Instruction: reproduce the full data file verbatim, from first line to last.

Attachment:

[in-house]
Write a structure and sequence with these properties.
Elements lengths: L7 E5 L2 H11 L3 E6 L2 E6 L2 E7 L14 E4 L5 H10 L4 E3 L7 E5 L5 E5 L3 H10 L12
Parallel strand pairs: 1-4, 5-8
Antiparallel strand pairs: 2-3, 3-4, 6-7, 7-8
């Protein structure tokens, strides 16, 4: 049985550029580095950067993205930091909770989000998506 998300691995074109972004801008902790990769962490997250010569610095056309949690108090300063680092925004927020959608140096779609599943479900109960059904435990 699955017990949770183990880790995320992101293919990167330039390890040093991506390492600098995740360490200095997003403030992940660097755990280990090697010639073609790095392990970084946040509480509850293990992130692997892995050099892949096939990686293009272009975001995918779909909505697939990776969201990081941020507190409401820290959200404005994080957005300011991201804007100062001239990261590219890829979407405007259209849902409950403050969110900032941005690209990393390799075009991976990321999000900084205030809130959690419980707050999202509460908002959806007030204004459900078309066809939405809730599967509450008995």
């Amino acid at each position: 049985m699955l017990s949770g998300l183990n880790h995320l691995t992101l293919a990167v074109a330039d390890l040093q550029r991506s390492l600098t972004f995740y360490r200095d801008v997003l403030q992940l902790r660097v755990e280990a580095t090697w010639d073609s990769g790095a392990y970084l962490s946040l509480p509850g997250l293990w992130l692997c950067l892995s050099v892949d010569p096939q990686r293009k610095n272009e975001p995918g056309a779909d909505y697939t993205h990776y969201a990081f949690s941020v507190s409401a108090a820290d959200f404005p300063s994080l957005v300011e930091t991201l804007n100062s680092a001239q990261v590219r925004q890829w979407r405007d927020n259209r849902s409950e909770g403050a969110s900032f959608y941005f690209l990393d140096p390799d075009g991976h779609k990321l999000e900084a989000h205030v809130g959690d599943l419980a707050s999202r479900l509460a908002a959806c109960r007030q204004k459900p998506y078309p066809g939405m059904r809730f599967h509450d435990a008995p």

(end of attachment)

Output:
[in-house]
Write a structure and sequence with these properties.
Elements lengths: L7 E5 L2 H11 L3 E6 L2 E6 L2 E7 L14 E4 L5 H10 L4 E3 L7 E5 L5 E5 L3 H10 L12
Parallel strand pairs: 1-4, 5-8
Antiparallel strand pairs: 2-3, 3-4, 6-7, 7-8
């Protein structure tokens, strides 16, 4: 049985550029580095950067993205930091909770989000998506 998300691995074109972004801008902790990769962490997250010569610095056309949690108090300063680092925004927020959608140096779609599943479900109960059904435990 699955017990949770183990880790995320992101293919990167330039390890040093991506390492600098995740360490200095997003403030992940660097755990280990090697010639073609790095392990970084946040509480509850293990992130692997892995050099892949096939990686293009272009975001995918779909909505697939990776969201990081941020507190409401820290959200404005994080957005300011991201804007100062001239990261590219890829979407405007259209849902409950403050969110900032941005690209990393390799075009991976990321999000900084205030809130959690419980707050999202509460908002959806007030204004459900078309066809939405809730599967509450008995």
């Amino acid at each position: 049985m699955l017990s949770g998300l183990n880790h995320l691995t992101l293919a990167v074109a330039d390890l040093q550029r991506s390492l600098t972004f995740y360490r200095d801008v997003l403030q992940l902790r660097v755990e280990a580095t090697w010639d073609s990769g790095a392990y970084l962490s946040l509480p509850g997250l293990w992130l692997c950067l892995s050099v892949d010569p096939q990686r293009k610095n272009e975001p995918g056309a779909d909505y697939t993205h990776y969201a990081f949690s941020v507190s409401a108090a820290d959200f404005p300063s994080l957005v300011e930091t991201l804007n100062s680092a001239q990261v590219r925004q890829w979407r405007d927020n259209r849902s409950e909770g403050a969110s900032f959608y941005f690209l990393d140096p390799d075009g991976h779609k990321l999000e900084a989000h205030v809130g959690d599943l419980a707050s999202r479900l509460a908002a959806c109960r007030q204004k459900p998506y078309p066809g939405m059904r809730f599967h509450d435990a008995p």